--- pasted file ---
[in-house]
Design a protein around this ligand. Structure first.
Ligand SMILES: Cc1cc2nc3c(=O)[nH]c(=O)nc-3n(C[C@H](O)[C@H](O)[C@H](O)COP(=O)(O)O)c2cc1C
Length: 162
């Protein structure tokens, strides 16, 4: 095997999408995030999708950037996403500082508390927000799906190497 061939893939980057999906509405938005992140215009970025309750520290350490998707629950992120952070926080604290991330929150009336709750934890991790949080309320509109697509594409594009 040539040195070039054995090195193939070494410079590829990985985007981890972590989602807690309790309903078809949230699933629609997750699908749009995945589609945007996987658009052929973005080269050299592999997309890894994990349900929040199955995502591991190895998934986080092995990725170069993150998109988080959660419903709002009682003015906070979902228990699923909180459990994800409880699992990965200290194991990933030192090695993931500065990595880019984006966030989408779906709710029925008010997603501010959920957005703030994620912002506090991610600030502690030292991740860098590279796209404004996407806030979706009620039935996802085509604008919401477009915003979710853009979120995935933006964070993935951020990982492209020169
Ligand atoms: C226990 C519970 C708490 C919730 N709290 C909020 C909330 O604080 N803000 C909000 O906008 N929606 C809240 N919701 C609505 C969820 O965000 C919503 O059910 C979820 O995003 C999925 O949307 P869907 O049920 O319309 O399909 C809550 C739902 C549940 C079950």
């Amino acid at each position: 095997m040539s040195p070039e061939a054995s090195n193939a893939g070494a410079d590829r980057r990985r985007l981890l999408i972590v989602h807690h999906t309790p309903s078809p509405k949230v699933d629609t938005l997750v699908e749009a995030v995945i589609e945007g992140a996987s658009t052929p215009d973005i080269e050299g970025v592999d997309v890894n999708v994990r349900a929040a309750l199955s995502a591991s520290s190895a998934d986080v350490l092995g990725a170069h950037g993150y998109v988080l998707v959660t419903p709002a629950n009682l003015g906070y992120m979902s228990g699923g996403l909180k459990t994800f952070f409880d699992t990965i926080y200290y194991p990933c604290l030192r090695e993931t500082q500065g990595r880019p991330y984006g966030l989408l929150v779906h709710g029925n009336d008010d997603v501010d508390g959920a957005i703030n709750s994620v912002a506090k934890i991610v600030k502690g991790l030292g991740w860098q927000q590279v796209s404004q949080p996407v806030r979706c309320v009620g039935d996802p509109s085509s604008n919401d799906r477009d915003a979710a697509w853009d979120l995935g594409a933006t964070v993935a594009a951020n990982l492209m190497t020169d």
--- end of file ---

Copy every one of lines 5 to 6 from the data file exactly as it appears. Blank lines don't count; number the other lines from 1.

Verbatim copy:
């Protein structure tokens, strides 16, 4: 095997999408995030999708950037996403500082508390927000799906190497 061939893939980057999906509405938005992140215009970025309750520290350490998707629950992120952070926080604290991330929150009336709750934890991790949080309320509109697509594409594009 040539040195070039054995090195193939070494410079590829990985985007981890972590989602807690309790309903078809949230699933629609997750699908749009995945589609945007996987658009052929973005080269050299592999997309890894994990349900929040199955995502591991190895998934986080092995990725170069993150998109988080959660419903709002009682003015906070979902228990699923909180459990994800409880699992990965200290194991990933030192090695993931500065990595880019984006966030989408779906709710029925008010997603501010959920957005703030994620912002506090991610600030502690030292991740860098590279796209404004996407806030979706009620039935996802085509604008919401477009915003979710853009979120995935933006964070993935951020990982492209020169
Ligand atoms: C226990 C519970 C708490 C919730 N709290 C909020 C909330 O604080 N803000 C909000 O906008 N929606 C809240 N919701 C609505 C969820 O965000 C919503 O059910 C979820 O995003 C999925 O949307 P869907 O049920 O319309 O399909 C809550 C739902 C549940 C079950």